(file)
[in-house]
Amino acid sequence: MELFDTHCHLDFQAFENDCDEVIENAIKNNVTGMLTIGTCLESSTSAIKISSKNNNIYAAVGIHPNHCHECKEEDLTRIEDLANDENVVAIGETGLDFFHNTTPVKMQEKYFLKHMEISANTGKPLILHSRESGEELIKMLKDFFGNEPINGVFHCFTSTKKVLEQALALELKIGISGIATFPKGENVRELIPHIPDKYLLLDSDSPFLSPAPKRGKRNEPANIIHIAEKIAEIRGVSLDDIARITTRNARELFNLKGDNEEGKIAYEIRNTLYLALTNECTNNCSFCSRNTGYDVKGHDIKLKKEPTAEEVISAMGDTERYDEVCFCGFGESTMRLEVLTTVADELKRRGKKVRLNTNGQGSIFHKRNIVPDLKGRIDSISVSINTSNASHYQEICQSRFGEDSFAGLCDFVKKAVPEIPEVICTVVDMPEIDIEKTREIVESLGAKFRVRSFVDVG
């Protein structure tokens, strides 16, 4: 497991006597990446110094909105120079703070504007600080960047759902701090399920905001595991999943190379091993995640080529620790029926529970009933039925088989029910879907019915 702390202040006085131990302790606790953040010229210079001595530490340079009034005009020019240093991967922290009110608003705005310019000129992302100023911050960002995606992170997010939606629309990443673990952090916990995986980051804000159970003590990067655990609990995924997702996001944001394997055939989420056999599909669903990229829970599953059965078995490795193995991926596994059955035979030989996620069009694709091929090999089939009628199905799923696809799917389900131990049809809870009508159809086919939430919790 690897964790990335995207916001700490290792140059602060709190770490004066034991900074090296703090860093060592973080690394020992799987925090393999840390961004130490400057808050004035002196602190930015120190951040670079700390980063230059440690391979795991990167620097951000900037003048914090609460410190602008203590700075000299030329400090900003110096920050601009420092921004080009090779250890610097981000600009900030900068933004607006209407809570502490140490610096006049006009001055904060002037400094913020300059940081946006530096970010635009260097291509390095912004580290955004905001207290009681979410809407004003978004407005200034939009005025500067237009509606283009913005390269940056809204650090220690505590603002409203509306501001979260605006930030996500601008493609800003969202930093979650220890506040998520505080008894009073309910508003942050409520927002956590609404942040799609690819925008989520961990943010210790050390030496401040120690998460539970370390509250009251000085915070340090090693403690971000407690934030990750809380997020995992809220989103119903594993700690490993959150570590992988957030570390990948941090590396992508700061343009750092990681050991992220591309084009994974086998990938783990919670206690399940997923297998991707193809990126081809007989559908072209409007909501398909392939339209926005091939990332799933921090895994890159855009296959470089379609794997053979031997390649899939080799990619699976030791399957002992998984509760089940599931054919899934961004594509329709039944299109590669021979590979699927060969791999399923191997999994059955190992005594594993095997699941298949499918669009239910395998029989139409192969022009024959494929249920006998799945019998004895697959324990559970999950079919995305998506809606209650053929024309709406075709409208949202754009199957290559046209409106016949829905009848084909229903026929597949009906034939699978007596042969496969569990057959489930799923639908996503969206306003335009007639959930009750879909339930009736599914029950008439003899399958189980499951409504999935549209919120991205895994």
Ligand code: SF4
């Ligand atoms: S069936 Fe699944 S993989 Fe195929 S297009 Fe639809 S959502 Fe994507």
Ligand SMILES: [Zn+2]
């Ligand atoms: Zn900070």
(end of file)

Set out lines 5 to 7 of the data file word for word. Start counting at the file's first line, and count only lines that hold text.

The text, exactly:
């Ligand atoms: S069936 Fe699944 S993989 Fe195929 S297009 Fe639809 S959502 Fe994507």
Ligand SMILES: [Zn+2]
């Ligand atoms: Zn900070």